An Irish study has indicated that female medical students rank notably higher on empathy scales than males.
Wait—that’s not the news. Almost every survey ever has shown females are more empathetic, to the point where I’m starting to think it is almost certainly true. Not that I care.
The more surprising finding from the study published in this week’s BMJ Open is that the Irish Health Professions Admissions Test (HPAT, the close cousin of Australia’s UMAT) seems incapable of predicting empathy.
This, despite the introduction of a section on the test called “interpersonal understanding”, designed to ensure that students selected by universities have the emotional capability for their demanding career.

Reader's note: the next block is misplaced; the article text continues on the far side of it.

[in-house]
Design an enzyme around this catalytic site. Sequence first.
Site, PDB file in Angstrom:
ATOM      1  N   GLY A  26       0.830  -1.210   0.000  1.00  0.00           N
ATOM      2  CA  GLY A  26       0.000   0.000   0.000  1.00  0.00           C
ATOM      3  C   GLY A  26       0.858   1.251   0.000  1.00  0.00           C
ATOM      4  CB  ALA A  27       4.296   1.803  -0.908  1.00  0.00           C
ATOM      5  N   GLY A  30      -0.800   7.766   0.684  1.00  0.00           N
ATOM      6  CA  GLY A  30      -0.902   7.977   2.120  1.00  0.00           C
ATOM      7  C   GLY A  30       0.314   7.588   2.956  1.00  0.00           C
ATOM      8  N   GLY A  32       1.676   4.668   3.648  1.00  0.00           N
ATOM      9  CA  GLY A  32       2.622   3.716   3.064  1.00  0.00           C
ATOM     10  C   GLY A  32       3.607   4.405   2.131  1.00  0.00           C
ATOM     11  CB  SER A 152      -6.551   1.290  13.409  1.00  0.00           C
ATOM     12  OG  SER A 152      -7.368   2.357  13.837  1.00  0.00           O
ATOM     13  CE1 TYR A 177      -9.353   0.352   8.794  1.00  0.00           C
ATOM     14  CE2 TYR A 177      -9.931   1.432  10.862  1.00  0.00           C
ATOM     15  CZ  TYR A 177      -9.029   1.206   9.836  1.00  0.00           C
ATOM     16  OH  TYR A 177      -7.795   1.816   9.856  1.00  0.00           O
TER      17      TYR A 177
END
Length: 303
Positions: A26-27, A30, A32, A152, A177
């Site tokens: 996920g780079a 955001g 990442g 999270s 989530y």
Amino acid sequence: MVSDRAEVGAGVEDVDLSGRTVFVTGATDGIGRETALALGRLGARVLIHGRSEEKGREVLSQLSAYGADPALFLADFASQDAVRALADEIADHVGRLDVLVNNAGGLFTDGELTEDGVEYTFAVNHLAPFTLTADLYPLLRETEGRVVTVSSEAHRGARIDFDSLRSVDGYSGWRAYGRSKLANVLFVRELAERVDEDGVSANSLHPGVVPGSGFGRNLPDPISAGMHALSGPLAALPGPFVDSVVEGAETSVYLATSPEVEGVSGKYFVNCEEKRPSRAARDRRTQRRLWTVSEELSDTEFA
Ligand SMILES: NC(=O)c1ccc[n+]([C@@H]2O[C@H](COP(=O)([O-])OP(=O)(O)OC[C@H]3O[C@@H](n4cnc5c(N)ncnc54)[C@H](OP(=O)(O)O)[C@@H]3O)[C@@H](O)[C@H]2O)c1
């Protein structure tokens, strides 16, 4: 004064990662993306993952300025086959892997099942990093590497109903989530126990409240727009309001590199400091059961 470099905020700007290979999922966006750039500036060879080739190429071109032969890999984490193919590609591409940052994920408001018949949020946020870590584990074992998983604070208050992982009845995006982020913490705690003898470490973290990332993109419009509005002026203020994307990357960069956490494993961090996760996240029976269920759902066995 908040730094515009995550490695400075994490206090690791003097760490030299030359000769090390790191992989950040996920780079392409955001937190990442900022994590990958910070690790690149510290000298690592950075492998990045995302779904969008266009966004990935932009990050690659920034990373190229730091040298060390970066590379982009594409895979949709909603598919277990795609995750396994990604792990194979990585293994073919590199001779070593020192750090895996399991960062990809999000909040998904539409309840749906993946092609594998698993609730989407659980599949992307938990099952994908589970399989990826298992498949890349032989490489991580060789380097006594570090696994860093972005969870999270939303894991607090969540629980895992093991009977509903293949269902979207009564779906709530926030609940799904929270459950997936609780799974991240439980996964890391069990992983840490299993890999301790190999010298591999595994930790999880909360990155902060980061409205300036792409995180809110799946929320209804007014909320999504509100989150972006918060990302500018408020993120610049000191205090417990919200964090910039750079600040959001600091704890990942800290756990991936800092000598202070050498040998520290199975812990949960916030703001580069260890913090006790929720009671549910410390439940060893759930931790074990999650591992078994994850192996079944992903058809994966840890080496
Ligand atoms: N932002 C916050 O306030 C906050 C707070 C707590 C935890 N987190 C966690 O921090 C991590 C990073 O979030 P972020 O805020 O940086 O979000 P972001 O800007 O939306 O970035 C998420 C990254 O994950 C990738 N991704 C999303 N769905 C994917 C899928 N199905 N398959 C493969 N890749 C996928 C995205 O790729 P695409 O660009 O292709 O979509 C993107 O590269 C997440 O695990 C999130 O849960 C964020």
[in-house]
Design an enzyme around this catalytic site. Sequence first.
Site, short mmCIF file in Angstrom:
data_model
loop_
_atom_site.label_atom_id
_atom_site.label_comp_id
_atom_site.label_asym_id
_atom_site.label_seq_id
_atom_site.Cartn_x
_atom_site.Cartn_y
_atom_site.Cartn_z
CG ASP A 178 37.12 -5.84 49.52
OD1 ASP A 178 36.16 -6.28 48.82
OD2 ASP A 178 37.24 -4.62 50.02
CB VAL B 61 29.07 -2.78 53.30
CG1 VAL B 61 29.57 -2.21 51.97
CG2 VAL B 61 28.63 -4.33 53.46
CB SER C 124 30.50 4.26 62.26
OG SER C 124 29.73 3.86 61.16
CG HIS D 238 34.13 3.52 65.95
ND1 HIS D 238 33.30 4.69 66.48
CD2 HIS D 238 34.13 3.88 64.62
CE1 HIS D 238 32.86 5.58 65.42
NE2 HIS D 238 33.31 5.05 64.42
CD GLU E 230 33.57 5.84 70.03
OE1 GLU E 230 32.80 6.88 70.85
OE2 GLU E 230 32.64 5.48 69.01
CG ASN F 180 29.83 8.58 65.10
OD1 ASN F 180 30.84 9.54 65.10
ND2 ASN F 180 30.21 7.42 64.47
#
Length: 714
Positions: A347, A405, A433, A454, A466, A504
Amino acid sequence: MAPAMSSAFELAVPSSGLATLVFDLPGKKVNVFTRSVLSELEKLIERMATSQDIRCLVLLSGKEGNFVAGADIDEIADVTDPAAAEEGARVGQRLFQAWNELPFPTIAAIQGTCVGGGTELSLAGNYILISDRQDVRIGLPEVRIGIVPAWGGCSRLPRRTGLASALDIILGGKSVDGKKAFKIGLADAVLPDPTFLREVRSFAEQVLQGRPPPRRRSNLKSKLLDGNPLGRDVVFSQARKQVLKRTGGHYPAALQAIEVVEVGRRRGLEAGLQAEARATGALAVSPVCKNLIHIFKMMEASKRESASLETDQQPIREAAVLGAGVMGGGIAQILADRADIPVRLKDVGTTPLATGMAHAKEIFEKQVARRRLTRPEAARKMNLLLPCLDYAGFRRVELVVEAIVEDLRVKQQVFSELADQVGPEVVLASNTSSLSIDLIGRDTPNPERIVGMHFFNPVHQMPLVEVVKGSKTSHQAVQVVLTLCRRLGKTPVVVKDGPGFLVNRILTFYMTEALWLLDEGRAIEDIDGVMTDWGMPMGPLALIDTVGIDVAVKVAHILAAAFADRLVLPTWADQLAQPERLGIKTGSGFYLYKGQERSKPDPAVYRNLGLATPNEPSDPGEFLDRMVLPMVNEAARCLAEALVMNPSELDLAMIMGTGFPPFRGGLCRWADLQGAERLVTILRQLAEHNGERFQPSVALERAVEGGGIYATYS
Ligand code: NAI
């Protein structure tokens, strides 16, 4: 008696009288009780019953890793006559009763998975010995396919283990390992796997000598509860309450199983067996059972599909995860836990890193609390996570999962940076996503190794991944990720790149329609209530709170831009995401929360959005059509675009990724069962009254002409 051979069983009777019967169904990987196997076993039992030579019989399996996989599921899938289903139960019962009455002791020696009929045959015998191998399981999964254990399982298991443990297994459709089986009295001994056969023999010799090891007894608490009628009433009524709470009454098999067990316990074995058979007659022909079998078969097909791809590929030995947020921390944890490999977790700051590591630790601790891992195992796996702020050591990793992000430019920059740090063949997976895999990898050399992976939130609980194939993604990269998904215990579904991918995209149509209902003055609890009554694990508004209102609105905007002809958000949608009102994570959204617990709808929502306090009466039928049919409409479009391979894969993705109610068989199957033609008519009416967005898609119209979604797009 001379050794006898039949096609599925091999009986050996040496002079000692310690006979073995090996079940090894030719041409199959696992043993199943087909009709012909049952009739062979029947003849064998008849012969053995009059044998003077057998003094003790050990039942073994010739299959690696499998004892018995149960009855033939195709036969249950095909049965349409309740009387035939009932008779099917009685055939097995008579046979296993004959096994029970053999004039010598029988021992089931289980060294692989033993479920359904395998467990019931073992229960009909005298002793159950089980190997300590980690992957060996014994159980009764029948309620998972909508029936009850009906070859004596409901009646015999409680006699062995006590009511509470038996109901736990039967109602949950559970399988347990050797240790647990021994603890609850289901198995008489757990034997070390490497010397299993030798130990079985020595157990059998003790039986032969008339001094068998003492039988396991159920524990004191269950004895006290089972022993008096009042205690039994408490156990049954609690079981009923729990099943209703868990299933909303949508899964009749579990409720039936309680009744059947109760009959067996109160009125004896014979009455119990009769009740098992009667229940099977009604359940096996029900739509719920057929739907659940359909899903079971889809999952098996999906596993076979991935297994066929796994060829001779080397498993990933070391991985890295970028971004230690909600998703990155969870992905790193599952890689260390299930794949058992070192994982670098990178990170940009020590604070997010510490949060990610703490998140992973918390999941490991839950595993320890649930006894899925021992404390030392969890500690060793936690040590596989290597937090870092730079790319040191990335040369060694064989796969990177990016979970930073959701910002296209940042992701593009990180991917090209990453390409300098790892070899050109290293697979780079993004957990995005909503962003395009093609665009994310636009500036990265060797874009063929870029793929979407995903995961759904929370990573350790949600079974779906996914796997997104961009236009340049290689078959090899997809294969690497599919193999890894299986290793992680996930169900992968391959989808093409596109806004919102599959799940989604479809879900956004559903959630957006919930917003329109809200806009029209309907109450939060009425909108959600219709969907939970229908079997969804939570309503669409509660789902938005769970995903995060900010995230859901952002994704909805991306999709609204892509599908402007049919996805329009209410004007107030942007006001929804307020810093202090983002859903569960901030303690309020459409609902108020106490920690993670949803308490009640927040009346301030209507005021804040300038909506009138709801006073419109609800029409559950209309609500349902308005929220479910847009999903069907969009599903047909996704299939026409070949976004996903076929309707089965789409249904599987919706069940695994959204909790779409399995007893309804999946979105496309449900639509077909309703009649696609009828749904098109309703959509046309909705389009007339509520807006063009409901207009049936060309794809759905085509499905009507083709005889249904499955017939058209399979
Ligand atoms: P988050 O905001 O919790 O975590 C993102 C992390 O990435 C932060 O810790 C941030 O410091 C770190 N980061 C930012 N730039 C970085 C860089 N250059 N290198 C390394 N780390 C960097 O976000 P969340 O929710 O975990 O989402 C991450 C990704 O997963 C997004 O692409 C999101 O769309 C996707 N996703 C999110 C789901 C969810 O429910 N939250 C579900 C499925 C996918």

The findings from the survey of 263 medical students in Cork weren’t watertight; the gold standard against which the HPAT entrance scores were measured was yet another survey, albeit a strongly validated measure of doctors’ empathy.
But it seems your score in interpersonal understanding on an entrance test has no correlation with your subsequent degree of empathy at any stage throughout the medical course. Continue reading